IBM Cloud Market: One-Stop Cloud Shop - InformationWeek

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IBM Cloud Market: One-Stop Cloud Shop

IBM's marketplace combines mobile and SaaS apps, platform and infrastructure services, and third-party services.

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Think of it as IBM as a service. That's how Robert LeBlanc, senior VP at IBM, characterized the IBM Cloud Marketplace announced on Monday at IBM's Impact Event in Las Vegas.

"It's one place where you can discover, try, and buy cloud-based capabilities, and we're also making available our expertise, so there's lots of content supporting the services," said LeBlanc during a press conference at the event. He cited code, videos, case studies, and white papers among the assets that clients and partners can download to learn more about available services.

[Want more on IBM's latest cloud services? Read IBM Launches Disaster Recovery Via SoftLayer.]

Initial coverage of IBM Cloud Marketplace drew analogies to the Apple App Store and's AppExchange, but the site actually wraps mobile apps, software-as-a-service (SaaS) apps, platform-as-a-service (PaaS) offerings, and infrastructure-as-a-service (IaaS) offerings all into one spot where they are "easy to locate, easy to understand, easy to order, easy to try out, and easy to purchase," according to LeBlanc.

IBM says its marketplace will launch with more than 100 IBM SaaS services for "biz" types, IBM's BlueMix composable PaaS capabilities for "dev" types, and IBM SoftLayer IaaS capabilities for "ops" users. The SaaS portfolio includes notable IBM offerings including DemandTec, Marketing Center, Kenexa, and Cognos. The PaaS highlights include various database, Java, and integration services. IaaS services include bare-metal servers; virtual servers; security services; and backup, recovery, load-balancing, and management services. The many third-party partner offerings include services from SendGrid, Zend, Redis Labs, Sonian, Flow Search Corp, Deep DB, M2Mi, and Ustream.

"We're starting with six categories of services: mobile, analytics, computing infrastructure, a product-development environment, and services for gaming companies, and for startup businesses born on the Web," LeBlanc wrote in a supporting blog. He promised additional categories in the near future, including cloud services based on IBM's Watson cognitive computing platform.

For all its breadth, the IBM Cloud marketplace could use a bit more depth. But that may take time. Where IBM's Cloud Marketplace offers a couple of hundred services in total,'s AppExchange, which was launched in 2005, now offers more than 2,200 partner apps that have racked up more than 2.3 million downloads.

IBM also added new DevOps, data, and mobility services to its BlueMix portfolio on Monday. It also launched a BlueMix Garage development center in San Francisco. It's the first of many centers where IBM plans to work hand-in-hand with entrepreneurs and startups on next-generation, cloud-based agile applications.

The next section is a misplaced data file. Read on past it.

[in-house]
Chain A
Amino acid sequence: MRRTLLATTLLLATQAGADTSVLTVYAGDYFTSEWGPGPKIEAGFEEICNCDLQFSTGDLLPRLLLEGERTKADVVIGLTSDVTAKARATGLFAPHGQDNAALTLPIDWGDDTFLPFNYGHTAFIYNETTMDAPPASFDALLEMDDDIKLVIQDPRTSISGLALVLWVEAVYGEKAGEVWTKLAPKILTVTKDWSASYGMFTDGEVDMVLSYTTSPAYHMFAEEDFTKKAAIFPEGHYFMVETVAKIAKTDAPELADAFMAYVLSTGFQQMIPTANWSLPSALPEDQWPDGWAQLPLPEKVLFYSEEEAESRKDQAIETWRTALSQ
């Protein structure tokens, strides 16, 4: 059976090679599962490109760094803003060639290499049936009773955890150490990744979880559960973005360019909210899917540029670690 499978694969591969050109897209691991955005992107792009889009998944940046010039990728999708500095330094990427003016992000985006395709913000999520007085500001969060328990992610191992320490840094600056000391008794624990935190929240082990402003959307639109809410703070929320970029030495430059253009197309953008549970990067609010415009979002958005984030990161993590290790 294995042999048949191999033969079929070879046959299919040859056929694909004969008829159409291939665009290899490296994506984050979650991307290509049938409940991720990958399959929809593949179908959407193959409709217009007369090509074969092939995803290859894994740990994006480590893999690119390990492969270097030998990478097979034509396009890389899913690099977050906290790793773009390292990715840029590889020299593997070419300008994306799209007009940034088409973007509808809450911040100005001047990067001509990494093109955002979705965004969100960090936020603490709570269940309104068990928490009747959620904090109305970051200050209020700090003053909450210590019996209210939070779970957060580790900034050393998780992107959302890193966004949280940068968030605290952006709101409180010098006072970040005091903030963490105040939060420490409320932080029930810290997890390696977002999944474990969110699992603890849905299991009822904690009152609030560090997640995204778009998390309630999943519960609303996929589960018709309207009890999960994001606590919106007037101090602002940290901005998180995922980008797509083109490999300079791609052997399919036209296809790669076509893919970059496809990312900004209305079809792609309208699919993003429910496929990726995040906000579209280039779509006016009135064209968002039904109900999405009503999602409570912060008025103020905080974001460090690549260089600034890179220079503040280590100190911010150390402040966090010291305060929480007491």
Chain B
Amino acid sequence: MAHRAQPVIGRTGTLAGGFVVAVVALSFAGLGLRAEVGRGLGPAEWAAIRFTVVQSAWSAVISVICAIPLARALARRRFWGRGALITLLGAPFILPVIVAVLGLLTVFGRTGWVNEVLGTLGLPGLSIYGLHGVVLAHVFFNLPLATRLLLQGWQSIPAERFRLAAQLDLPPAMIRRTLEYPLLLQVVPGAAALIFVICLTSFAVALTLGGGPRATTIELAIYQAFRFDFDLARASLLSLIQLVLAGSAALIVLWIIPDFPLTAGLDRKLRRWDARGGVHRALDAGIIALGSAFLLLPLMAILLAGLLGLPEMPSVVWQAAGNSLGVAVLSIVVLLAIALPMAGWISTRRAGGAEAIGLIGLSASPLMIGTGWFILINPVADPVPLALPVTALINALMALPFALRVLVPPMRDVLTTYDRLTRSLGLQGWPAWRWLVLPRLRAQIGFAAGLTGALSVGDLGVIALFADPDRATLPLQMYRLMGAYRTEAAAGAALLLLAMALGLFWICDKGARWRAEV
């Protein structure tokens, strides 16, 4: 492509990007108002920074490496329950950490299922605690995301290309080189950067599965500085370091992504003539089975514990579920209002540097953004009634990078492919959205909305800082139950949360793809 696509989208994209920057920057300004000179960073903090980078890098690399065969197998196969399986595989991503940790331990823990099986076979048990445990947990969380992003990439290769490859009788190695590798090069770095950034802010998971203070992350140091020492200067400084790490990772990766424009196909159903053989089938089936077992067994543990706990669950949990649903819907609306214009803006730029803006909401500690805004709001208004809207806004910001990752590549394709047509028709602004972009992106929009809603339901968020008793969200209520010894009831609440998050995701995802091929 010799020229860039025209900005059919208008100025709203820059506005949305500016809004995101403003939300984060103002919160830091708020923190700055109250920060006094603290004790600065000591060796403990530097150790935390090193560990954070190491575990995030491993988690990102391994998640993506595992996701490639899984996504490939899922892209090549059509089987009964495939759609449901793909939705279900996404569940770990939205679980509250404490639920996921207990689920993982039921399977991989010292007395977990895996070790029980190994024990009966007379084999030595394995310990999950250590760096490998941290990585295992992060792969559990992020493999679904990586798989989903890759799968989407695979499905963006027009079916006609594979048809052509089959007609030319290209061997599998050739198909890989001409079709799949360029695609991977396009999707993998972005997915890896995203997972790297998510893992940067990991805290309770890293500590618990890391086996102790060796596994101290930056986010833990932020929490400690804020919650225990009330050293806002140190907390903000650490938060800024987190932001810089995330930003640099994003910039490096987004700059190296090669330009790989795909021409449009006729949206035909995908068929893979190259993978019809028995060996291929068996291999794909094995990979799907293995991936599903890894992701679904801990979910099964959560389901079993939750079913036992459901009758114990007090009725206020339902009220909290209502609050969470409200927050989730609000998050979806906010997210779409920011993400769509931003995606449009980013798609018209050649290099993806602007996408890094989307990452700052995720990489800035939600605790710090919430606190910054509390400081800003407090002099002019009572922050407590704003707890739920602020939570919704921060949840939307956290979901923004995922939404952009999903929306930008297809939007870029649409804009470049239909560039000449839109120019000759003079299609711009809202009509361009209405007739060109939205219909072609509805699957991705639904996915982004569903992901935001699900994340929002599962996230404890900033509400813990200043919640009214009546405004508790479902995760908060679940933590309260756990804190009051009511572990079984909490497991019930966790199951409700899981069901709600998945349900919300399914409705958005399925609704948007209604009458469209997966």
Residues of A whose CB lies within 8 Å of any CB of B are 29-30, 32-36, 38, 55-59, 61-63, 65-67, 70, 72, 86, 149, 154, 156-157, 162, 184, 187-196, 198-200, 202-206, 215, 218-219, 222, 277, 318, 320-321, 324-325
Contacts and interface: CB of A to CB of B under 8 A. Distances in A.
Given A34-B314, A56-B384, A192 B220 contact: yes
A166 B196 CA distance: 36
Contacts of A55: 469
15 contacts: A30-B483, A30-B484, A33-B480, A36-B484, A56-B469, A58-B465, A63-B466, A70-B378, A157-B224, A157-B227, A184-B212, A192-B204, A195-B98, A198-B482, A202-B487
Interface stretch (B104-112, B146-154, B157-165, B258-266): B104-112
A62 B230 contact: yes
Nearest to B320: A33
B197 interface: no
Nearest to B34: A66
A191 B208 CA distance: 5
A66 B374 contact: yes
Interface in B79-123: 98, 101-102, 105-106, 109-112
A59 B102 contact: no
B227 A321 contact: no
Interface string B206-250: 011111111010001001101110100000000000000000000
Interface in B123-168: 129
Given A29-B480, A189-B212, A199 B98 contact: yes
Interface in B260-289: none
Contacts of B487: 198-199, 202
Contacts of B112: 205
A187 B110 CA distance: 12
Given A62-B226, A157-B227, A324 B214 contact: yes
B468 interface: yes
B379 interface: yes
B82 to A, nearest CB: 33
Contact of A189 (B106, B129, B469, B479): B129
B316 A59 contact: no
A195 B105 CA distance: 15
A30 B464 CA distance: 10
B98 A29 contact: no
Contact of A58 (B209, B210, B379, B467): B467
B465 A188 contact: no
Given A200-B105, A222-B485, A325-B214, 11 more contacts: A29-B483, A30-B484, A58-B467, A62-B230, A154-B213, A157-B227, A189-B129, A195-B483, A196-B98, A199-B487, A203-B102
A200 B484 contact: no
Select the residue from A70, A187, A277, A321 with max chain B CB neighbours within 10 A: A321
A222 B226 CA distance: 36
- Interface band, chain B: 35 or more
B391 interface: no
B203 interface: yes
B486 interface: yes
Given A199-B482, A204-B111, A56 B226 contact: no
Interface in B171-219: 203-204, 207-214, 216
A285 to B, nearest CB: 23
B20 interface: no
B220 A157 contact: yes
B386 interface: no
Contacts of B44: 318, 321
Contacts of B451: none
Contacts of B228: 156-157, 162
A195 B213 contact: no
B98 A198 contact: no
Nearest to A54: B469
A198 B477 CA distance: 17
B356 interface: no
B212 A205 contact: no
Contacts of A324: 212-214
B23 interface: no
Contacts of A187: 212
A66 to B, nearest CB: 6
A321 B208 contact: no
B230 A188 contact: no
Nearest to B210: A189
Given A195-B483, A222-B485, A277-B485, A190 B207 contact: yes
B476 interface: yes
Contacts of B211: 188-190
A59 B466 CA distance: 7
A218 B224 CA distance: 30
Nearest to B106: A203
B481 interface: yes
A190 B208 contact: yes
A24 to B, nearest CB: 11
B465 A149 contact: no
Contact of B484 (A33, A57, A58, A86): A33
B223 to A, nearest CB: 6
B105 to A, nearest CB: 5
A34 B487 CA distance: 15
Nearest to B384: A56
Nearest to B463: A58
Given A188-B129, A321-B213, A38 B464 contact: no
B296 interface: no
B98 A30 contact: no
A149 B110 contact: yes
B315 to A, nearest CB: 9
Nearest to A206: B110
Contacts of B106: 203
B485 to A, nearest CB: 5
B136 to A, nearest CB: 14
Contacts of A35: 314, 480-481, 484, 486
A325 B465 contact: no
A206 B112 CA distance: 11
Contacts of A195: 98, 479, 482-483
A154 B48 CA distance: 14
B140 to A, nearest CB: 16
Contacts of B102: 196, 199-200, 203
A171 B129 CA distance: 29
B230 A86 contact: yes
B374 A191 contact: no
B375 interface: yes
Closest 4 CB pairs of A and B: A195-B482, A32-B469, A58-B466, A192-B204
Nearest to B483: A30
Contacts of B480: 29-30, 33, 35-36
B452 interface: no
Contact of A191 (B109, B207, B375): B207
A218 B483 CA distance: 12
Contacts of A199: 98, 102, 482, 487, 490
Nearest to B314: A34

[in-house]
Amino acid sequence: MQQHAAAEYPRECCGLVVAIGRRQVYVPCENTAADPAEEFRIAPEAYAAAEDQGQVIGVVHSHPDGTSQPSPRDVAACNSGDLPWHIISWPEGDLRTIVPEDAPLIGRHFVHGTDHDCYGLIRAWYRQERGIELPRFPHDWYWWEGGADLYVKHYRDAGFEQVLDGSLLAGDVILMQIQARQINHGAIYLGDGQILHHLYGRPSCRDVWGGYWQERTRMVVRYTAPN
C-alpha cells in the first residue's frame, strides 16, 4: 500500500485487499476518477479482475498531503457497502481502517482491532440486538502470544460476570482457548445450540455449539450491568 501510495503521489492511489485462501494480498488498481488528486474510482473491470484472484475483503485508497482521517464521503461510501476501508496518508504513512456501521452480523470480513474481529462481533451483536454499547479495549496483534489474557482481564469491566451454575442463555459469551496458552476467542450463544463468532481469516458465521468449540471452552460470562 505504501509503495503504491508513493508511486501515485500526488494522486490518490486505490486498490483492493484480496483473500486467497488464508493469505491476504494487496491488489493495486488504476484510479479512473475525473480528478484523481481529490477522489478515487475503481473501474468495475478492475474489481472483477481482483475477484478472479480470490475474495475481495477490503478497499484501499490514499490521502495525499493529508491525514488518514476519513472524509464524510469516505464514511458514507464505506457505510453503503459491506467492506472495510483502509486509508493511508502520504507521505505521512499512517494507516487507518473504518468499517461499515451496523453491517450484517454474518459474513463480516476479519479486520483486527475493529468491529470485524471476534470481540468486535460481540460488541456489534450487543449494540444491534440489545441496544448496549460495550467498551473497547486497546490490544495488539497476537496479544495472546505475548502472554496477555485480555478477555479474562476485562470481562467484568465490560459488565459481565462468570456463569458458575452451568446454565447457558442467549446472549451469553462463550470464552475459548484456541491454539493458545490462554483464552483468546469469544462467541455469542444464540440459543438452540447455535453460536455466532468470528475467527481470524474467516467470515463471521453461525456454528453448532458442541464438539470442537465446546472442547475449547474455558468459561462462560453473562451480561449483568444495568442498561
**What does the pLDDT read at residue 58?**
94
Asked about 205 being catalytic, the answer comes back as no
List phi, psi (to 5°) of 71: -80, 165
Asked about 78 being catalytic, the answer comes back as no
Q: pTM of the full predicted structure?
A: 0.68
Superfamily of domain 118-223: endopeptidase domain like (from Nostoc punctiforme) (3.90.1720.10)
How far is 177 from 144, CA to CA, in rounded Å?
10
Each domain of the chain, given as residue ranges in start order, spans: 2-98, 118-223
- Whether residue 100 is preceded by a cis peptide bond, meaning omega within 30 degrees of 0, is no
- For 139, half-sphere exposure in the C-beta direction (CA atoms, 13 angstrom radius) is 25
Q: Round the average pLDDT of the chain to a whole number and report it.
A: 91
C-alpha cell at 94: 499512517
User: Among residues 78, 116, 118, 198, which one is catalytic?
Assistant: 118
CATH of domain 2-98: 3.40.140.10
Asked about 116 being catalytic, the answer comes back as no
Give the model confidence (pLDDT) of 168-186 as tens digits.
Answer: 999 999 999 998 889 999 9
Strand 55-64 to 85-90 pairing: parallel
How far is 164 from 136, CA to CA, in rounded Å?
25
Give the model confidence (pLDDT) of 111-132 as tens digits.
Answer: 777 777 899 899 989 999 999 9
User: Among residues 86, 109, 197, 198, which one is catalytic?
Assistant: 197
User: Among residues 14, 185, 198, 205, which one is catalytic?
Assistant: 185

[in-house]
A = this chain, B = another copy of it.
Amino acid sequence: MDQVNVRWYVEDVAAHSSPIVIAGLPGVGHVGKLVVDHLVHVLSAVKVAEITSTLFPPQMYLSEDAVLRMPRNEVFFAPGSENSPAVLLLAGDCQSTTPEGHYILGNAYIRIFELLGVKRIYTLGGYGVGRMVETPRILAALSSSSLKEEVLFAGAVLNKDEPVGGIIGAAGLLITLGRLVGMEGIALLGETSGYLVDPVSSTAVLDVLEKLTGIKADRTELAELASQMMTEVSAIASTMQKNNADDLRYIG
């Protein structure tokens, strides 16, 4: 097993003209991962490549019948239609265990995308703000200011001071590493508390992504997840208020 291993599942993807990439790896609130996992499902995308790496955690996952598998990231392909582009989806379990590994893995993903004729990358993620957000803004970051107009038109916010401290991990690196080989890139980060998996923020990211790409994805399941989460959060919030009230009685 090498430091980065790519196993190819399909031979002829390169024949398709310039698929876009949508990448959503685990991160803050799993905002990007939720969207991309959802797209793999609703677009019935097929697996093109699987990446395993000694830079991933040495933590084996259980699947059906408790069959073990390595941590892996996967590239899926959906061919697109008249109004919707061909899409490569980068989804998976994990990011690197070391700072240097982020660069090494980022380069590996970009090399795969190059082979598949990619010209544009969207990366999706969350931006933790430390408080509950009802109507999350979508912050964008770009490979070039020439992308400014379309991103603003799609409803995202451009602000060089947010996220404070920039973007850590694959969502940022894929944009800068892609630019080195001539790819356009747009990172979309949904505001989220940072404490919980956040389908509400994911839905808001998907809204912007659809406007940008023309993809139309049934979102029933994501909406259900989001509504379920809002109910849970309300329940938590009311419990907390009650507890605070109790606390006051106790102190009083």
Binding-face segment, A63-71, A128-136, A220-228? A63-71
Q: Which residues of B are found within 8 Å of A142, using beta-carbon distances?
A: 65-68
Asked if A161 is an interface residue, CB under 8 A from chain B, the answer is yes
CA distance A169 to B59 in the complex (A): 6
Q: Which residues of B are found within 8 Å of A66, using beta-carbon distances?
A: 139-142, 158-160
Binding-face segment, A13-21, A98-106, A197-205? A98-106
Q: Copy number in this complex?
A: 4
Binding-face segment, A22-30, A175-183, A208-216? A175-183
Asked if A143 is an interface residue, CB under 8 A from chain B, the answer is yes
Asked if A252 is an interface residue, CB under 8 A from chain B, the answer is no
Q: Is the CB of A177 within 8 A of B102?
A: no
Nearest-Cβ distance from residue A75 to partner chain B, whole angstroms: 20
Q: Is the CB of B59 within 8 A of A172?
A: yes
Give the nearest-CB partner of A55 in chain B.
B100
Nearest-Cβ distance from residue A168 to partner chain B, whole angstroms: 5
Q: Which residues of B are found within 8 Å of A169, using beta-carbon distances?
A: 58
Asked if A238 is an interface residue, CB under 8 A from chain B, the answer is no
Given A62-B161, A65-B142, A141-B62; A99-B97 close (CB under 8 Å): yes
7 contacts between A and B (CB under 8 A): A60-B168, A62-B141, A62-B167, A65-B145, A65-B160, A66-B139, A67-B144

Could the growing movement toward open source hardware rewrite the rules for computer and networking hardware the way Linux, Apache, and Android have for software? Also in the Open Source Hardware issue of InformationWeek: Mark Hurd explains his "once-in-a-career opportunity" at Oracle.

Doug Henschen is Executive Editor of InformationWeek, where he covers the intersection of enterprise applications with information management, business intelligence, big data and analytics. He previously served as editor in chief of Intelligent Enterprise, editor in chief of ... View Full Bio

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Li Tan
Li Tan,
User Rank: Ninja
5/4/2014 | 4:41:00 AM
Re: IBM's Bedfellows
Purchasing promising technologies/companies is one of the easiest growing method of IT giants such as IBM. But after massive purchases, can it really digest well? Can it make fancy product and killer applications? I am with you - MongoDB is too big and not easy to control via simply purchasing it under big IBM umbrella.
User Rank: Author
4/29/2014 | 3:08:31 PM
Doug, how does the PaaS part of this connect to/ interact with other virtual server instances you have with other providers? AWS, etc. Are they trying to encourage the folks who favor the "one throat to choke" method of vendor management?
D. Henschen
D. Henschen,
User Rank: Author
4/29/2014 | 12:43:02 PM
IBM's Bedfellows
Despite IBM's recent Cloudant acquisition, it's interesting to note that the "Dev" realm of the IBM Cloud Maretplace offers a bevy of third-party database offerings including MongoDB. I continue to believe that MongoDB is on a collision course with IBM, but IBM acquisitions don't tend to be beneficial to hot, sexy products. Better that IBM should buy tiny, no-name products in the categories it wants to invade. MongoDB would cost too much money, and then its customers would likely flee.
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